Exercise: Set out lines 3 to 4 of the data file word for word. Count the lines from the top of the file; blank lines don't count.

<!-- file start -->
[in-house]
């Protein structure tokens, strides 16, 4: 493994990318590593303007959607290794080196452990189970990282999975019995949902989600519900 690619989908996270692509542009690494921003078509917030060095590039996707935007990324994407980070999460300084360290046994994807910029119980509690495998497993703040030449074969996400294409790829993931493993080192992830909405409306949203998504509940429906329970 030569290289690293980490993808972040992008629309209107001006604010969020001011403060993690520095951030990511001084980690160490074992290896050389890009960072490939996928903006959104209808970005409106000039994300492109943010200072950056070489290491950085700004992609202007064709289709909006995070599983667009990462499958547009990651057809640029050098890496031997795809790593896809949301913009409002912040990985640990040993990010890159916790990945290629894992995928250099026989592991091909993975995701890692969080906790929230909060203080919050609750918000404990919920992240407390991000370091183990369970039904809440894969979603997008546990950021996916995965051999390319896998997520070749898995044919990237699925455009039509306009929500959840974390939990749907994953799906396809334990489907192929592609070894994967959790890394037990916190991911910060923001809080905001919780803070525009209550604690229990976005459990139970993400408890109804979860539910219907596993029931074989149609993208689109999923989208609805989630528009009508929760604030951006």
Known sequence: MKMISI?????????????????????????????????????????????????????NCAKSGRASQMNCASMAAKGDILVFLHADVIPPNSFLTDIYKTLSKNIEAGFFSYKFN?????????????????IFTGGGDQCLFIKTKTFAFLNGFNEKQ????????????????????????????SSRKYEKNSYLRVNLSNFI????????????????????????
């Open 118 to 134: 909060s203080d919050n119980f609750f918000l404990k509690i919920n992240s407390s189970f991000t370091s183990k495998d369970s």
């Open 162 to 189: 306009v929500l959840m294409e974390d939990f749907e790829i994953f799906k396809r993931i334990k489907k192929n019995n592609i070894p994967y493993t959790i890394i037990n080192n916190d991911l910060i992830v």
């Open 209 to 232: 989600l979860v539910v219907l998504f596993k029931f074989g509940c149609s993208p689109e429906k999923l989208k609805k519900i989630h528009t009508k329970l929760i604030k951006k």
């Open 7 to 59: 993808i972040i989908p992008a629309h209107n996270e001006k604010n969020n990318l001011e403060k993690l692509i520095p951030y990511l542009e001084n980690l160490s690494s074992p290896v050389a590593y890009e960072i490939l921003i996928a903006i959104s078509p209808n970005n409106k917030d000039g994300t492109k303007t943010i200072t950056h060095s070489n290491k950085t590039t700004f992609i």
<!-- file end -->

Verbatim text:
Known sequence: MKMISI?????????????????????????????????????????????????????NCAKSGRASQMNCASMAAKGDILVFLHADVIPPNSFLTDIYKTLSKNIEAGFFSYKFN?????????????????IFTGGGDQCLFIKTKTFAFLNGFNEKQ????????????????????????????SSRKYEKNSYLRVNLSNFI????????????????????????
């Open 118 to 134: 909060s203080d919050n119980f609750f918000l404990k509690i919920n992240s407390s189970f991000t370091s183990k495998d369970s």